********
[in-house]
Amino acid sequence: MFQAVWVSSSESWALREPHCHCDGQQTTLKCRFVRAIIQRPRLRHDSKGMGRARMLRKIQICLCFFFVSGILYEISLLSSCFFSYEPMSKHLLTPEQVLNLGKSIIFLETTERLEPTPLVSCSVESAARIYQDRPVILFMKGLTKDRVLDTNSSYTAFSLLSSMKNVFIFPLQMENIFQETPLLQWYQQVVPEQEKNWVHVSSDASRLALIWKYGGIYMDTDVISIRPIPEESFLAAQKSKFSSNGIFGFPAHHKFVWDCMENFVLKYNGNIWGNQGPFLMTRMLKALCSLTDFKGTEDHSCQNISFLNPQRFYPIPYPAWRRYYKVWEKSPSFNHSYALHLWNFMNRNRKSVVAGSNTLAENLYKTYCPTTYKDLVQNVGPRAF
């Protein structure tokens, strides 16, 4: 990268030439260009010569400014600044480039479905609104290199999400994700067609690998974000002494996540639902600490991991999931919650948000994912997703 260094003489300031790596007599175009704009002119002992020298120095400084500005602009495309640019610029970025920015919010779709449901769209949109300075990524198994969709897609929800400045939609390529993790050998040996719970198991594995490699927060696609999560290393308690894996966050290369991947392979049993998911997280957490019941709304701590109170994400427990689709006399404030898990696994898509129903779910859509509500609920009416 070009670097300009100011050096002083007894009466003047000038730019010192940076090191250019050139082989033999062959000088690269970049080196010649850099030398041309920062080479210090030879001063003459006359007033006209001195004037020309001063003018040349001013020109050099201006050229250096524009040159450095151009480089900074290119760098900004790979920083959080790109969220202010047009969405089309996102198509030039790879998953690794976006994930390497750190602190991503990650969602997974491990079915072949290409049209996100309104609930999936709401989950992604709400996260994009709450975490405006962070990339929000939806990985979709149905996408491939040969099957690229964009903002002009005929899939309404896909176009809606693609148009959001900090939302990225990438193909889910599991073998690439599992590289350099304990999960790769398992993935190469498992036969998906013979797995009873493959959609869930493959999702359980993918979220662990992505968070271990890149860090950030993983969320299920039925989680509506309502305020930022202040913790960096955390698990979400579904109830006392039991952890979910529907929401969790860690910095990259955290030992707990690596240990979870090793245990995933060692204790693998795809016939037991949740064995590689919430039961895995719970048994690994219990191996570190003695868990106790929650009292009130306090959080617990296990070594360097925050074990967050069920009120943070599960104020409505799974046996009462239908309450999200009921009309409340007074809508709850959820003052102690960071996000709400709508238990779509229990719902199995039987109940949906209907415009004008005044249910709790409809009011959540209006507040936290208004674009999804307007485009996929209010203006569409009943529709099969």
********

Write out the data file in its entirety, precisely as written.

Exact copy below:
[in-house]
Amino acid sequence: MFQAVWVSSSESWALREPHCHCDGQQTTLKCRFVRAIIQRPRLRHDSKGMGRARMLRKIQICLCFFFVSGILYEISLLSSCFFSYEPMSKHLLTPEQVLNLGKSIIFLETTERLEPTPLVSCSVESAARIYQDRPVILFMKGLTKDRVLDTNSSYTAFSLLSSMKNVFIFPLQMENIFQETPLLQWYQQVVPEQEKNWVHVSSDASRLALIWKYGGIYMDTDVISIRPIPEESFLAAQKSKFSSNGIFGFPAHHKFVWDCMENFVLKYNGNIWGNQGPFLMTRMLKALCSLTDFKGTEDHSCQNISFLNPQRFYPIPYPAWRRYYKVWEKSPSFNHSYALHLWNFMNRNRKSVVAGSNTLAENLYKTYCPTTYKDLVQNVGPRAF
């Protein structure tokens, strides 16, 4: 990268030439260009010569400014600044480039479905609104290199999400994700067609690998974000002494996540639902600490991991999931919650948000994912997703 260094003489300031790596007599175009704009002119002992020298120095400084500005602009495309640019610029970025920015919010779709449901769209949109300075990524198994969709897609929800400045939609390529993790050998040996719970198991594995490699927060696609999560290393308690894996966050290369991947392979049993998911997280957490019941709304701590109170994400427990689709006399404030898990696994898509129903779910859509509500609920009416 070009670097300009100011050096002083007894009466003047000038730019010192940076090191250019050139082989033999062959000088690269970049080196010649850099030398041309920062080479210090030879001063003459006359007033006209001195004037020309001063003018040349001013020109050099201006050229250096524009040159450095151009480089900074290119760098900004790979920083959080790109969220202010047009969405089309996102198509030039790879998953690794976006994930390497750190602190991503990650969602997974491990079915072949290409049209996100309104609930999936709401989950992604709400996260994009709450975490405006962070990339929000939806990985979709149905996408491939040969099957690229964009903002002009005929899939309404896909176009809606693609148009959001900090939302990225990438193909889910599991073998690439599992590289350099304990999960790769398992993935190469498992036969998906013979797995009873493959959609869930493959999702359980993918979220662990992505968070271990890149860090950030993983969320299920039925989680509506309502305020930022202040913790960096955390698990979400579904109830006392039991952890979910529907929401969790860690910095990259955290030992707990690596240990979870090793245990995933060692204790693998795809016939037991949740064995590689919430039961895995719970048994690994219990191996570190003695868990106790929650009292009130306090959080617990296990070594360097925050074990967050069920009120943070599960104020409505799974046996009462239908309450999200009921009309409340007074809508709850959820003052102690960071996000709400709508238990779509229990719902199995039987109940949906209907415009004008005044249910709790409809009011959540209006507040936290208004674009999804307007485009996929209010203006569409009943529709099969």